BORRERIA, a genus of plants named in honour of William Borrer, F.L.S. It belongs to the natural order Cinchonaceir, and has tho following characters :—Calyx with an ovate tube, and a permanent limb which is parted into 2-4 teeth; corolla salver-shaped or funnel shaped, 4-lobed ; stamens 4, exserted or inclosed; stigma bifid or undivided ; capsule crowned by the limb of the calyx, 2-celled, opening from the apex at the dissepiment when mature, but without any dissepiment ; come or nuts 1-seeded, opening by a longitudinal chink inside. The species, which are very numerous, are most of them herbs or underslarubs, and are nearly all natives of tropical America.
B. ferruyinea, has a herbaceous, hard, erect, branched stem ; tetragonal hairy branches ; oblong, acute, obliquely 3-4-nerved leaves, scabrous above and pale beneath, and scabrous on the nerves from hairs ; bristles of the stipules the length of the sheath ; whorls of flowers globose, terminal, and axillary ; capsule downy, crowned by the four subulate teeth of the calyx. This plant is a native of Brazil, in elevated pastures in the provinces of Minas Germs and St. Paul. The plant is called Poaya, and Poaya da Maya at Cape Frio. This is one of the plants which yield a bastard ipecacuanha. The roots are
of a brown colour, and when taken produce sickness and vomiting.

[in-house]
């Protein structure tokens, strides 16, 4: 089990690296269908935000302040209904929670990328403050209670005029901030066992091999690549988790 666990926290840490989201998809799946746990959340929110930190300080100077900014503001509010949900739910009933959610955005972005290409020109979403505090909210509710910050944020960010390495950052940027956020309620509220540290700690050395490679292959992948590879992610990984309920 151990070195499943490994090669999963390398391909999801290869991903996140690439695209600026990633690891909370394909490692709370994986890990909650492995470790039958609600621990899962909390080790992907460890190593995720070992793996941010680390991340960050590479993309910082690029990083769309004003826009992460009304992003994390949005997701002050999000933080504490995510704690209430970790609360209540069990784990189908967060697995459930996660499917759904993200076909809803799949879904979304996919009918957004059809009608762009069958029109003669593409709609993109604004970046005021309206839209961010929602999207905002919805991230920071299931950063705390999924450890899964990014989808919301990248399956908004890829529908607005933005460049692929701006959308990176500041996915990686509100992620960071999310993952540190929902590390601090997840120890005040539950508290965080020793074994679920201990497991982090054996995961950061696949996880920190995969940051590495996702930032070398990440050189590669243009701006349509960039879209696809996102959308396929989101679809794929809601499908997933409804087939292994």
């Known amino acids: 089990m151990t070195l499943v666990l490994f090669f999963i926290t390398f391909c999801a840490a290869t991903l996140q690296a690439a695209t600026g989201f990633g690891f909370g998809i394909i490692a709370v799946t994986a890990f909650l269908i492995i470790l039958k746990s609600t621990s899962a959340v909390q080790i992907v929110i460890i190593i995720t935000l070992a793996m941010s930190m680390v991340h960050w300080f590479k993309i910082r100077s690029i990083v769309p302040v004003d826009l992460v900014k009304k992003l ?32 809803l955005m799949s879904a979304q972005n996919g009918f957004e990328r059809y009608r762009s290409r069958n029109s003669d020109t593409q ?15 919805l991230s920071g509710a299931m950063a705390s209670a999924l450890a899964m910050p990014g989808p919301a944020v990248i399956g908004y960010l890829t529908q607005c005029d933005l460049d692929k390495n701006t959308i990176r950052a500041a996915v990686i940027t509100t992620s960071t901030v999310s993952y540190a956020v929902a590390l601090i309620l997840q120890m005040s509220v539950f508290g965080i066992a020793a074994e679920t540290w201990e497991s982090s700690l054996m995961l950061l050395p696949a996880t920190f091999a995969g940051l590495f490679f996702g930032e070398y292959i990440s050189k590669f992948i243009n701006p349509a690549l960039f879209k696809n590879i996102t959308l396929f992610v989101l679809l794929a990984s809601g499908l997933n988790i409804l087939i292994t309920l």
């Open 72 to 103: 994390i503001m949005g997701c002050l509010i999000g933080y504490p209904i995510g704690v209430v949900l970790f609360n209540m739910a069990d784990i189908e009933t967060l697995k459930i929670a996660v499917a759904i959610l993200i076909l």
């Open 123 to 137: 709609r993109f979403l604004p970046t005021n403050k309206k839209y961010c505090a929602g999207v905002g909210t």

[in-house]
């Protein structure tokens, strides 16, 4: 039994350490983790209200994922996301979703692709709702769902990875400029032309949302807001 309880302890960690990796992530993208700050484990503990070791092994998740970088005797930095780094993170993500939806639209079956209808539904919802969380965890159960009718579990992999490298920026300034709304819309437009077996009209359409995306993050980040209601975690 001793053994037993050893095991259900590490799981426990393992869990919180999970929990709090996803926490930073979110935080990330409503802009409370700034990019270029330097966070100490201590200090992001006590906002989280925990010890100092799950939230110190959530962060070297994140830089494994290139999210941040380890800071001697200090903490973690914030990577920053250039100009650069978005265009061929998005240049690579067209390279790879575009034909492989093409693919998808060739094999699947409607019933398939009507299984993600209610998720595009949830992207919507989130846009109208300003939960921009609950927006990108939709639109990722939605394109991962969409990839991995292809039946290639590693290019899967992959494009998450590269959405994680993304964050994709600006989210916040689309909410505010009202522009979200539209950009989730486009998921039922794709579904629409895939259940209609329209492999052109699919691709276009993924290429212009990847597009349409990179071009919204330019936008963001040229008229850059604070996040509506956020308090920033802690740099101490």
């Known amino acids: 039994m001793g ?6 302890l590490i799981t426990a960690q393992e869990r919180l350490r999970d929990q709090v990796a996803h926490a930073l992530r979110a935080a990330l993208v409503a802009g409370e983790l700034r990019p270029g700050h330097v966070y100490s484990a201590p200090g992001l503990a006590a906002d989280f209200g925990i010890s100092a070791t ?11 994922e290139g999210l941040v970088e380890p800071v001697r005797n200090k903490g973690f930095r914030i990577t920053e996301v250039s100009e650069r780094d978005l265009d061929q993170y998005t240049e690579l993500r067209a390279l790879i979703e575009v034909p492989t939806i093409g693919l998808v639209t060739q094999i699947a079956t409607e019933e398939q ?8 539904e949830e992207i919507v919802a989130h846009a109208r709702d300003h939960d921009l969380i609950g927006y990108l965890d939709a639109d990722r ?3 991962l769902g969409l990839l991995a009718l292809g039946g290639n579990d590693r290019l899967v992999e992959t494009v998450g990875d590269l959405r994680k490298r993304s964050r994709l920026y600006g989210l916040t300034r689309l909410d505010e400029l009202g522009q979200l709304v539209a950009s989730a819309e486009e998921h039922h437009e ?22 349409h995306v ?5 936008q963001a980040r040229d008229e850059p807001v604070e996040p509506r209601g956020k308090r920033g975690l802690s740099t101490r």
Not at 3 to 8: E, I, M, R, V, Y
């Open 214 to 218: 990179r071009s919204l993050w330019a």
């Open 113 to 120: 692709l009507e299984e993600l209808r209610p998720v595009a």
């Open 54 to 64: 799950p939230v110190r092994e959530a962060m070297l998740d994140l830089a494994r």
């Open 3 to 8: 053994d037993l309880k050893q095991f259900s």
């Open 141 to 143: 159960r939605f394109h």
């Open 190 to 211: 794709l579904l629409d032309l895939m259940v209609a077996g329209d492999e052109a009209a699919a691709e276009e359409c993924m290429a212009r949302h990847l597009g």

B. Poaya is glabrous, and has a herbaceous simple tetragonal stem ; sessile oblong-elliptic acute leaves, obliquely 6-nerved on both aides of the midrib; the stipules cleft into many long bristles ; whorls of flowers capitate, sessile, few, axillary, and a larger terminal one; lobes of calyx 4, lanceolate linear acute, longer than the ovarium corolla smooth ; anthers exaerted. A native of Brazil in elevated pastures. It has blue flowers. The roots are white, and produce sickness when taken, and are consequently frequently substituted for ipecacuanha. The leaves when chewed have a sweet taste at first, and afterwards an acid one ; a decoction of them is sometimes employed in the cure of colic. Upwards of 80 species of this genus have been described, of which only the above two appear to be used by man. They may be cultivated in this country in greenhouses. A light soil suits them best, and cuttings of the shrubby pieces readily strike root under a hand-glass in heat. The herbaceous species require the same treatment as other tender annuals.
(Don, Gardener's Dictionary.) BOS. [Bovim.]